Most people who wear contact lenses can think of a time when they fell asleep (or almost fell asleep) with their lenses in their eyes.
Does this sound familiar? It was late, and you were tired and ready to fall asleep, but you hadn’t taken your contacts out yet. It’s kind of inconvenient to have to get out of bed, plod your way over to the bathroom, and take them out. You’re just so comfortable already… so you got to wondering, is it really that bad to fall asleep while you’re wearing your contacts?
Yes, it is.
We’re not going to joke around because this is serious. If you’re considering wearing your contacts while you sleep, please don’t. And if you’re habitually wearing your contacts while you sleep, we implore you to stop.
Both types have their advantages and disadvantages, which is why we wrote this blog post to help you make an informed decision!
Let’s start with a not-so-big deal. You know that feeling towards the end of the day when your lenses are starting to dry out and you can’t wait to take them out for the day? Imagine that feeling but after having woken up with your lenses in for an extra eight hours while you were sleeping. It’s not a pleasant feeling.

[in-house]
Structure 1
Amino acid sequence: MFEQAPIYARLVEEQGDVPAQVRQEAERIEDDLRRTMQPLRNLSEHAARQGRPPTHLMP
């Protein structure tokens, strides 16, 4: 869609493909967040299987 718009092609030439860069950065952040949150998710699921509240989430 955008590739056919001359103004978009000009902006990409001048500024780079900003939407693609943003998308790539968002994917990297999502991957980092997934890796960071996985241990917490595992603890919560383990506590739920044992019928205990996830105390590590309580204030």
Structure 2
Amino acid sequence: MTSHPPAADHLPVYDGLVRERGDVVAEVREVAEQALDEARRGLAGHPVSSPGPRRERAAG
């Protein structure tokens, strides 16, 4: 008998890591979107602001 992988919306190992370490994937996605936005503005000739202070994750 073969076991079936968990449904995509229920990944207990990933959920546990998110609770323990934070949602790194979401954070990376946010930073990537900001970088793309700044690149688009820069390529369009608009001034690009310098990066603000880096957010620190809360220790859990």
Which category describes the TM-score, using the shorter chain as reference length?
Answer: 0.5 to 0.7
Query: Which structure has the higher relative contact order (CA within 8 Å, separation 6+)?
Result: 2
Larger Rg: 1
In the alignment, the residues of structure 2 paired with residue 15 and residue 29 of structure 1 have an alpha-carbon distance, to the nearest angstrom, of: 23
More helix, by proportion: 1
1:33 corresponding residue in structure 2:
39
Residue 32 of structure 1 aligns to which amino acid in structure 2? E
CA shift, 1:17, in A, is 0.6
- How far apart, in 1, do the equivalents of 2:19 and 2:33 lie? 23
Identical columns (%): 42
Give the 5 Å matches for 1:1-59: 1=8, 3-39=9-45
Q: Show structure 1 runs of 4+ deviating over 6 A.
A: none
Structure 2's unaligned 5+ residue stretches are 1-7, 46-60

Now we’re getting into the actual big deals… Let’s talk about the cornea’s role in protecting your eye.
The cornea is the transparent tissue that forms a structural barrier to protect your eyes from infections and debris. This is the reason we can shine a light in your eye to check on the health of the structures inside your eye and potentially spot serious health issues early.
While the cornea valiantly fights to keep your eyes safe from infection, it can lose this fight if you sleep with your contacts in. As we mentioned in a previous article, proteins and debris build up on your contact lenses throughout the day. Sleeping with contacts in—or wearing improperly cleaned contacts—increases the amount of time your eyes spend in close contact with these irritants since the lenses trap them against your eye.
Why should you try to avoid a corneal infection? First and foremost, it’s an eye infection. It’s not an enjoyable experience. Eye infections range from uncomfortable to painful. Depending on severity, they can require prescription medications or other health treatments to clear, and you won’t be able to wear your contacts while you have an eye infection.